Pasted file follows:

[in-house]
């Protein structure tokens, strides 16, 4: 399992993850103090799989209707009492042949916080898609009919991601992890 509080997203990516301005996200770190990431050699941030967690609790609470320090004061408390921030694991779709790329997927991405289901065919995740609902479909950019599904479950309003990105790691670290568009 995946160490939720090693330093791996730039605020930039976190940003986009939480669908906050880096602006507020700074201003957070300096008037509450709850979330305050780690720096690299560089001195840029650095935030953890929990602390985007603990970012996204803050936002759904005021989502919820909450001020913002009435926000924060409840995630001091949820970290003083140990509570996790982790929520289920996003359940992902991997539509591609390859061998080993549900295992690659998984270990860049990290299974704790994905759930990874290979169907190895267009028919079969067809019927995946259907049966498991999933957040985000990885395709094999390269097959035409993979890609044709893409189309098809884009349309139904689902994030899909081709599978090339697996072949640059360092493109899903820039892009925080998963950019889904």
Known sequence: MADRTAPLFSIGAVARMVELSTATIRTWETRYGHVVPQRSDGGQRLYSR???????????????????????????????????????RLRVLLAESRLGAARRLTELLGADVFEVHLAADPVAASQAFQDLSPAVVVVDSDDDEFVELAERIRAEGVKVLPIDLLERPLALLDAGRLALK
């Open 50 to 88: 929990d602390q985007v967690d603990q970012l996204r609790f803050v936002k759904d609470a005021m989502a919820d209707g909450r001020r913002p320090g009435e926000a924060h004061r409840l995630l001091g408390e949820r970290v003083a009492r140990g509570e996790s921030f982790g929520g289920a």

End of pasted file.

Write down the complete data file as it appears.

[in-house]
């Protein structure tokens, strides 16, 4: 399992993850103090799989209707009492042949916080898609009919991601992890 509080997203990516301005996200770190990431050699941030967690609790609470320090004061408390921030694991779709790329997927991405289901065919995740609902479909950019599904479950309003990105790691670290568009 995946160490939720090693330093791996730039605020930039976190940003986009939480669908906050880096602006507020700074201003957070300096008037509450709850979330305050780690720096690299560089001195840029650095935030953890929990602390985007603990970012996204803050936002759904005021989502919820909450001020913002009435926000924060409840995630001091949820970290003083140990509570996790982790929520289920996003359940992902991997539509591609390859061998080993549900295992690659998984270990860049990290299974704790994905759930990874290979169907190895267009028919079969067809019927995946259907049966498991999933957040985000990885395709094999390269097959035409993979890609044709893409189309098809884009349309139904689902994030899909081709599978090339697996072949640059360092493109899903820039892009925080998963950019889904």
Known sequence: MADRTAPLFSIGAVARMVELSTATIRTWETRYGHVVPQRSDGGQRLYSR???????????????????????????????????????RLRVLLAESRLGAARRLTELLGADVFEVHLAADPVAASQAFQDLSPAVVVVDSDDDEFVELAERIRAEGVKVLPIDLLERPLALLDAGRLALK
């Open 50 to 88: 929990d602390q985007v967690d603990q970012l996204r609790f803050v936002k759904d609470a005021m989502a919820d209707g909450r001020r913002p320090g009435e926000a924060h004061r409840l995630l001091g408390e949820r970290v003083a009492r140990g509570e996790s921030f982790g929520g289920a």